Last Week’s Roundup on Hacking Events

Posted on September 13, 2020 at 5:21 PM

Last Week’s Roundup on Hacking Events

Elsewhere in the world, Malsmoke, a famous group of Hackers, is out on a limb. This time their targets: visitors to porn websites. They do this by attacking selected porn sites and getting them infected with harmful ads. Furthermore, they then infect the PCs of their victims with this malware.

Based on a report from a security company called Malwarebytes, they reported that the hackers had compromised practically all networks aligned with adult ads. Additionally, besides compromising middle range adult websites, the malicious hacker group could get their harmful ads on the xHamster adult platform. The adult platform, known as xHamster, is one of the most famous websites for adult content globally.

However, such hacking attempts on adult content sites are not new; however, the security company has been monitoring for several months is specifically engaging. There is much interest in this particular attack because of the malware that was deployed in the attack.

The moment that an unsuspecting user clicks on a harmful ad, they get rerouted to a page that immediately begins downloading a malware if it can take advantage of flaws in Flash or Internet Explorer. Both tools are popular hacker targets and are currently being permanently phase out in a few months.

The reason for their permanent retirement is due to the security problems that come with the tools.

Technically, the attack from Malsmoke will only affect targets that have the Flash and Internet Explorer systems that are prone to such attacks. However, with the current phasing out of the Internet Explorer and Flash, it means that the attacks will soon be rendered obsolete.

USPS discovers dangerous flaws in its postal systems

A report in July from the Inspector General’s Office of the US Postal Service made a warning about crucial weak points in six different postal systems for three years. These weak points include digital services that are classified as sensitive.

The report went on to say that the twelve different types of vulnerabilities are prevalent bugs that hackers could have exploited to get access to sensitive information. These discoveries do not come as a surprise since US agencies have a notorious cybersecurity history. The USPS later told media services that it has successfully fixed the flaws.

Zoom adopts two-level security measures for both paid and free users

Zoom recently reported that it had added the two-level authentication support for its mobile and desktop applications. The previous setting involves users being able to use just two-level account protection only with the web application.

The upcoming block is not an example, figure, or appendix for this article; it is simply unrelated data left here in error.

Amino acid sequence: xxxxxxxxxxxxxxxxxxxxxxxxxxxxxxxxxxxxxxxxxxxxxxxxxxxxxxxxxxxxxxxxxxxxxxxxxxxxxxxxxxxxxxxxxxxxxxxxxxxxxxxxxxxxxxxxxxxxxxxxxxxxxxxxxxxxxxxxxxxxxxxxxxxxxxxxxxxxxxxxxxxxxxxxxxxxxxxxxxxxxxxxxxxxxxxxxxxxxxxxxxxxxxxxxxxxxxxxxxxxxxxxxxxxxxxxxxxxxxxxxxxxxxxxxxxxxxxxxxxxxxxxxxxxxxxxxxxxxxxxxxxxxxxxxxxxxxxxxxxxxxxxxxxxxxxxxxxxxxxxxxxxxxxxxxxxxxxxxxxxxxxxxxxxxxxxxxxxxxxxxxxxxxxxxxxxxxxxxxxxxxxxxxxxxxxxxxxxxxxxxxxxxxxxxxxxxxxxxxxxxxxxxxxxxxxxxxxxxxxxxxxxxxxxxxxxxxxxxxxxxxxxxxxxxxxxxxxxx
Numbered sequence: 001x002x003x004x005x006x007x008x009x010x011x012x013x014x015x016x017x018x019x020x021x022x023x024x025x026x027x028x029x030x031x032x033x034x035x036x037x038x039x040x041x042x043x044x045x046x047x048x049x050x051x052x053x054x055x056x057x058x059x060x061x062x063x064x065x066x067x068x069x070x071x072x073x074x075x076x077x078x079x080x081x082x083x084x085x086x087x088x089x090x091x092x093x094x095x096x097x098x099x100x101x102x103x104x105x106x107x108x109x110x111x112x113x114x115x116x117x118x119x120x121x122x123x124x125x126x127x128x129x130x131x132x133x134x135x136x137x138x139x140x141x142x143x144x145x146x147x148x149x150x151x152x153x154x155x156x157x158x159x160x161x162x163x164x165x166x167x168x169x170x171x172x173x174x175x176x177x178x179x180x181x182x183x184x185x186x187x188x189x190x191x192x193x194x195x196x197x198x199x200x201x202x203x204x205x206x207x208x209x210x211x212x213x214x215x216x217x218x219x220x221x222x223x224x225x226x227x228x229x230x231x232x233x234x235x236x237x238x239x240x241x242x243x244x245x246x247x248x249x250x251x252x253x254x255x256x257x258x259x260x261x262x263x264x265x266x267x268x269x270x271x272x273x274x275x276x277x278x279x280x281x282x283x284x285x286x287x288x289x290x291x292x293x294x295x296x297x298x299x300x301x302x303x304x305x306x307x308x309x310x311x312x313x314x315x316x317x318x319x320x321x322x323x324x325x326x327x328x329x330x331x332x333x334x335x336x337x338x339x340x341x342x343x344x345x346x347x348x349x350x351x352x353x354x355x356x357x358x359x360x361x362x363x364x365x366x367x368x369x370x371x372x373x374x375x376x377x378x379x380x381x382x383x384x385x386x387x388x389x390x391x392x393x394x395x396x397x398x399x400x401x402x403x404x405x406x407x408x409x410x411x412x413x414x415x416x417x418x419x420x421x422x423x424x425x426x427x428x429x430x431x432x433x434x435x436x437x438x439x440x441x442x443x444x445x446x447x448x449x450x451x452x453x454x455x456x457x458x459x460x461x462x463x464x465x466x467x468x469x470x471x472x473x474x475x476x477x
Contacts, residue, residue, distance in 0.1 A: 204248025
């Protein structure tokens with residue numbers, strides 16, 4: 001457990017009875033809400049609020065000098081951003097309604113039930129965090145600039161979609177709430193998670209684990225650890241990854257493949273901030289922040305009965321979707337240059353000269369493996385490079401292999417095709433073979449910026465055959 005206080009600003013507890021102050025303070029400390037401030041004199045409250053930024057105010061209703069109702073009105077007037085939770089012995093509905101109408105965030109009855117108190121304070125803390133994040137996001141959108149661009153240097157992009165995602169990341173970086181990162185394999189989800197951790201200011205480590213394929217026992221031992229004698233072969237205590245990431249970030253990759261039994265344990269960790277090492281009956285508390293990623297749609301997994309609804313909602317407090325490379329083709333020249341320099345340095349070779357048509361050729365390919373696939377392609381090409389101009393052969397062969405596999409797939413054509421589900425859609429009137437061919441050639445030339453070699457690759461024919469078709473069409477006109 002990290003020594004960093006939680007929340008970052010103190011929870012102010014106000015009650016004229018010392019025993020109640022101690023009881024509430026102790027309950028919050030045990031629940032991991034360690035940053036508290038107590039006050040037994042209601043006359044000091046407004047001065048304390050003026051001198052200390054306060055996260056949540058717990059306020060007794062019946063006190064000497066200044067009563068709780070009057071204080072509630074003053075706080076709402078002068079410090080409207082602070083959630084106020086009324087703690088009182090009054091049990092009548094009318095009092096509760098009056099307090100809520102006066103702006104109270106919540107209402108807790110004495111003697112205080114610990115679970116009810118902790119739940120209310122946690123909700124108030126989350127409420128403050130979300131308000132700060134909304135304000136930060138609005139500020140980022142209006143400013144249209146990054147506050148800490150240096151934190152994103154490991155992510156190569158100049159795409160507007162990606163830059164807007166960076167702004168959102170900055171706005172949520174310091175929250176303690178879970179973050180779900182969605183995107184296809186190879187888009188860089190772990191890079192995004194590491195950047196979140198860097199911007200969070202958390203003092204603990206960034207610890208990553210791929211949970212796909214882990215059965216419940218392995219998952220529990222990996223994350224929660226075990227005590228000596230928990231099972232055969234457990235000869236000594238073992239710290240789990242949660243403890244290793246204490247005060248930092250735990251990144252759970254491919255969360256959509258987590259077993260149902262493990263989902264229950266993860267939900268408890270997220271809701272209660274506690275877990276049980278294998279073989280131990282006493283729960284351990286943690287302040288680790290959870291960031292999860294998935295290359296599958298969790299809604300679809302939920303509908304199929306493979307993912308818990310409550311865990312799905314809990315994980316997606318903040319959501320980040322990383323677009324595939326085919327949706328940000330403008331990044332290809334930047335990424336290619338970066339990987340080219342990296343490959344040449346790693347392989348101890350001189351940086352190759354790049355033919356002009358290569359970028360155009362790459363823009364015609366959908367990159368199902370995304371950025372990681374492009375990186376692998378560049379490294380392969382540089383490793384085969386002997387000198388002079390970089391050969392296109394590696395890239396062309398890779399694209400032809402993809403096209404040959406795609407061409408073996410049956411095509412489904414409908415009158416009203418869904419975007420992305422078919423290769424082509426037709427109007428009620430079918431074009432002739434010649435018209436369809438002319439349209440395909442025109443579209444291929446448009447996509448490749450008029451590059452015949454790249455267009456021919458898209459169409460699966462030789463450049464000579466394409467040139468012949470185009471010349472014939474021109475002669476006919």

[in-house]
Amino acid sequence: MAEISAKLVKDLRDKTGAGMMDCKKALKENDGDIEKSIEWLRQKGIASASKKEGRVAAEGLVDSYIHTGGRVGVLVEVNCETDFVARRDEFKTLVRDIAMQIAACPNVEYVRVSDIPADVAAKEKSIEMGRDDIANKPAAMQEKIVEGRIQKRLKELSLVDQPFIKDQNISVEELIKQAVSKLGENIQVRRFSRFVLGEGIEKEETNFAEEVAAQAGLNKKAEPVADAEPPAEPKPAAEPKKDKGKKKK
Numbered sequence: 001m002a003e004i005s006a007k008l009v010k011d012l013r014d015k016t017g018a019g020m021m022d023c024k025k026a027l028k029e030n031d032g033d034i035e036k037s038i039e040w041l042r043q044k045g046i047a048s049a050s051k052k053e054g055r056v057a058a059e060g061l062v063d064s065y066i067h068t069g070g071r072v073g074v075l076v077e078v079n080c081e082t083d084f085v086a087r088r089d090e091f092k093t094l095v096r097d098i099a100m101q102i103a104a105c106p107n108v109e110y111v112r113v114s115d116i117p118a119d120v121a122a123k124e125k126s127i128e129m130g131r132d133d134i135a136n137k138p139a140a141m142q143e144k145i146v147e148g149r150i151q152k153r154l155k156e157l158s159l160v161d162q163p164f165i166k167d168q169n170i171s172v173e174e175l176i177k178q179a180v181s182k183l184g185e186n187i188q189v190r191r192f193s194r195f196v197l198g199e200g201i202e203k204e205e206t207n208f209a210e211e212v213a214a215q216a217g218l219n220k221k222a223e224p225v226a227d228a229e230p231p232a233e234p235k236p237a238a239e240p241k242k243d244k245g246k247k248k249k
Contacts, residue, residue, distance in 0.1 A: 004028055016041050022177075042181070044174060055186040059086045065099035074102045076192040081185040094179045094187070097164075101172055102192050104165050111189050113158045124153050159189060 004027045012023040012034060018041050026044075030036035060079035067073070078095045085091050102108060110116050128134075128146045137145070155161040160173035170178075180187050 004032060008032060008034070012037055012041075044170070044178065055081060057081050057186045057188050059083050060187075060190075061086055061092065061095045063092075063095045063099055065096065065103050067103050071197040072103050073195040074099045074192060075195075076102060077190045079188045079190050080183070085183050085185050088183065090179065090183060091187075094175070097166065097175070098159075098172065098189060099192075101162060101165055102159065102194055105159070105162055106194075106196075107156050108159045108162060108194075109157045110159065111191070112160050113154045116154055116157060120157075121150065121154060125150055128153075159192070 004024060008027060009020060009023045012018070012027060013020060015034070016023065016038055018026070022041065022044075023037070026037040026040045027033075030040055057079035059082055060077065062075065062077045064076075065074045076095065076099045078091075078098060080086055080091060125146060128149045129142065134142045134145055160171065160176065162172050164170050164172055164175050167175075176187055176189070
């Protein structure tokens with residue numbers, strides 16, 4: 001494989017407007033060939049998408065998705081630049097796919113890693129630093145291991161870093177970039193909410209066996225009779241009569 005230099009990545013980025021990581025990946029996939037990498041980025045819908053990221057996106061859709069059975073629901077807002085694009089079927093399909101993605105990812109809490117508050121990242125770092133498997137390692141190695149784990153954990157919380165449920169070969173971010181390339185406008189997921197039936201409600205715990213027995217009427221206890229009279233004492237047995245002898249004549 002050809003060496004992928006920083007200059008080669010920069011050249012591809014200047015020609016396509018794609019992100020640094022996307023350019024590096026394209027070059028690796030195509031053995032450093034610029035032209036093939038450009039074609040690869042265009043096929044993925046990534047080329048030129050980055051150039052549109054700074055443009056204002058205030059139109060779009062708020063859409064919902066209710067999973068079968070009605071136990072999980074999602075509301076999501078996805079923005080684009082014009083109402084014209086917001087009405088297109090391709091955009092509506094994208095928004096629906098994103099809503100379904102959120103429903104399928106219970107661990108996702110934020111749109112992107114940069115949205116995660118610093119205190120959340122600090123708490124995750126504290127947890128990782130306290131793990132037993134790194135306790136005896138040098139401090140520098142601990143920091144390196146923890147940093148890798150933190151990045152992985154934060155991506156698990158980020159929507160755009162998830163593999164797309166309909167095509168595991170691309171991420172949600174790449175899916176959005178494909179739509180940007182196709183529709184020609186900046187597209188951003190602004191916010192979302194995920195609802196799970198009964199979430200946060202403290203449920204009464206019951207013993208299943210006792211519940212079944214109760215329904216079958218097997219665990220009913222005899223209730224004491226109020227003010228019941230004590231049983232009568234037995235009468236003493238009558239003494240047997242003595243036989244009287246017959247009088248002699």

Furthermore, the company recently rolled out a campaign to revamp its security framework. The company faced some controversy after announcing that only paid users would get access to the revamped security framework. The backlash eventually led to the company extending the services to both the paid and free accounts.

Julian Assange begins his anti-extradition defense

Recently, Julian Assange, the founder of Wikileaks, started his legal defense against getting extradited to the US. This extradition is based on the fact that he needs to be assessed psychologically as he plans to harm himself.

Also, it seems that despite years of researchers warnings, people still ignore the fact that kid smartwatches are harmful to their security.

US 2020 Elections: Russian hackers resurface

While the US presidential comes very close, Microsoft recently announced that hackers aligned with Russia’s military intelligence are at it once again. The hacker group, which is sometimes called APT28 or Fancy Bear, has targeted over 200 agencies since September last year.

The agencies are said to be linked with the elections. This recent revelation proves that country backed hacker groups such as Fancy Bear that nearly ruined the US president in 2016, are threats.

This further confirmed the fears presented this week by Brian Murphy, a former official with the Intelligence Department of the Homeland Security. He had reported that top executives at the DHS played down intelligence discoveries and influenced information about Russia’s danger to the 2020 election and other important issues.

These were done to support the political agenda of President Trump. A former agent with the FBI also confirmed shady practices from US law enforcement and intelligence agencies in the 2016 polls.

Last Week's Roundup on Hacking Events
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Last Week's Roundup on Hacking Events
Based on a report from a security company called Malwarebytes, they reported that the hackers had compromised practically all networks aligned with adult ads.
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